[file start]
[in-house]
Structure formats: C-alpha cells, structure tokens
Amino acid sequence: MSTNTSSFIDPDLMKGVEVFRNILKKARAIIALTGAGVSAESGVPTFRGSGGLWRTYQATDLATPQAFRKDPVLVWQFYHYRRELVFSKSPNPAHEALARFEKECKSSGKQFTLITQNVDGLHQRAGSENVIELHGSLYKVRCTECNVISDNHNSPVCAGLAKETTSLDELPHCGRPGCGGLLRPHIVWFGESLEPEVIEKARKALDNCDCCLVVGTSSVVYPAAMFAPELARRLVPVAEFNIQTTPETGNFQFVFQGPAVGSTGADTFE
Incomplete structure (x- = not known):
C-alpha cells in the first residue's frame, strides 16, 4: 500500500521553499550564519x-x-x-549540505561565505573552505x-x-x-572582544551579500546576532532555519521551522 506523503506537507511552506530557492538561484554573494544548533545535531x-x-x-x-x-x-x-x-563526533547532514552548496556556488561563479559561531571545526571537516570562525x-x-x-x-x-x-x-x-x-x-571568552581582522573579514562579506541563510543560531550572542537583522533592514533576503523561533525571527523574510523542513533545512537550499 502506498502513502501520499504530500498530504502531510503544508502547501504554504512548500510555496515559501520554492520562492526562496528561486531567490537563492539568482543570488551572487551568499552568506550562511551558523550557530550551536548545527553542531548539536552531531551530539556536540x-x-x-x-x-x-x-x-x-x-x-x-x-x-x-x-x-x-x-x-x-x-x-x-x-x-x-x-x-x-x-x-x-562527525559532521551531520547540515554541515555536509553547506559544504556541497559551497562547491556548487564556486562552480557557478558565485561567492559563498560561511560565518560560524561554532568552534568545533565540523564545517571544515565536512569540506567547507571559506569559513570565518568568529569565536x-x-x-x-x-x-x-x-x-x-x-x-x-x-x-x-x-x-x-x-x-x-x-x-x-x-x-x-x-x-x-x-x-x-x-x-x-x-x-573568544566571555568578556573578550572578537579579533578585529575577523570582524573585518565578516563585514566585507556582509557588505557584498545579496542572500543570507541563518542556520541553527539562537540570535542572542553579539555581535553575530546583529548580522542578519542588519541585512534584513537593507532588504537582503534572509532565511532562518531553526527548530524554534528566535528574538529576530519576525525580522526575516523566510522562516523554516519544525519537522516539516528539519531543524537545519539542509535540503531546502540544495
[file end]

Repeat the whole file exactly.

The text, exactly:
[in-house]
Structure formats: C-alpha cells, structure tokens
Amino acid sequence: MSTNTSSFIDPDLMKGVEVFRNILKKARAIIALTGAGVSAESGVPTFRGSGGLWRTYQATDLATPQAFRKDPVLVWQFYHYRRELVFSKSPNPAHEALARFEKECKSSGKQFTLITQNVDGLHQRAGSENVIELHGSLYKVRCTECNVISDNHNSPVCAGLAKETTSLDELPHCGRPGCGGLLRPHIVWFGESLEPEVIEKARKALDNCDCCLVVGTSSVVYPAAMFAPELARRLVPVAEFNIQTTPETGNFQFVFQGPAVGSTGADTFE
Incomplete structure (x- = not known):
C-alpha cells in the first residue's frame, strides 16, 4: 500500500521553499550564519x-x-x-549540505561565505573552505x-x-x-572582544551579500546576532532555519521551522 506523503506537507511552506530557492538561484554573494544548533545535531x-x-x-x-x-x-x-x-563526533547532514552548496556556488561563479559561531571545526571537516570562525x-x-x-x-x-x-x-x-x-x-571568552581582522573579514562579506541563510543560531550572542537583522533592514533576503523561533525571527523574510523542513533545512537550499 502506498502513502501520499504530500498530504502531510503544508502547501504554504512548500510555496515559501520554492520562492526562496528561486531567490537563492539568482543570488551572487551568499552568506550562511551558523550557530550551536548545527553542531548539536552531531551530539556536540x-x-x-x-x-x-x-x-x-x-x-x-x-x-x-x-x-x-x-x-x-x-x-x-x-x-x-x-x-x-x-x-x-562527525559532521551531520547540515554541515555536509553547506559544504556541497559551497562547491556548487564556486562552480557557478558565485561567492559563498560561511560565518560560524561554532568552534568545533565540523564545517571544515565536512569540506567547507571559506569559513570565518568568529569565536x-x-x-x-x-x-x-x-x-x-x-x-x-x-x-x-x-x-x-x-x-x-x-x-x-x-x-x-x-x-x-x-x-x-x-x-x-x-x-573568544566571555568578556573578550572578537579579533578585529575577523570582524573585518565578516563585514566585507556582509557588505557584498545579496542572500543570507541563518542556520541553527539562537540570535542572542553579539555581535553575530546583529548580522542578519542588519541585512534584513537593507532588504537582503534572509532565511532562518531553526527548530524554534528566535528574538529576530519576525525580522526575516523566510522562516523554516519544525519537522516539516528539519531543524537545519539542509535540503531546502540544495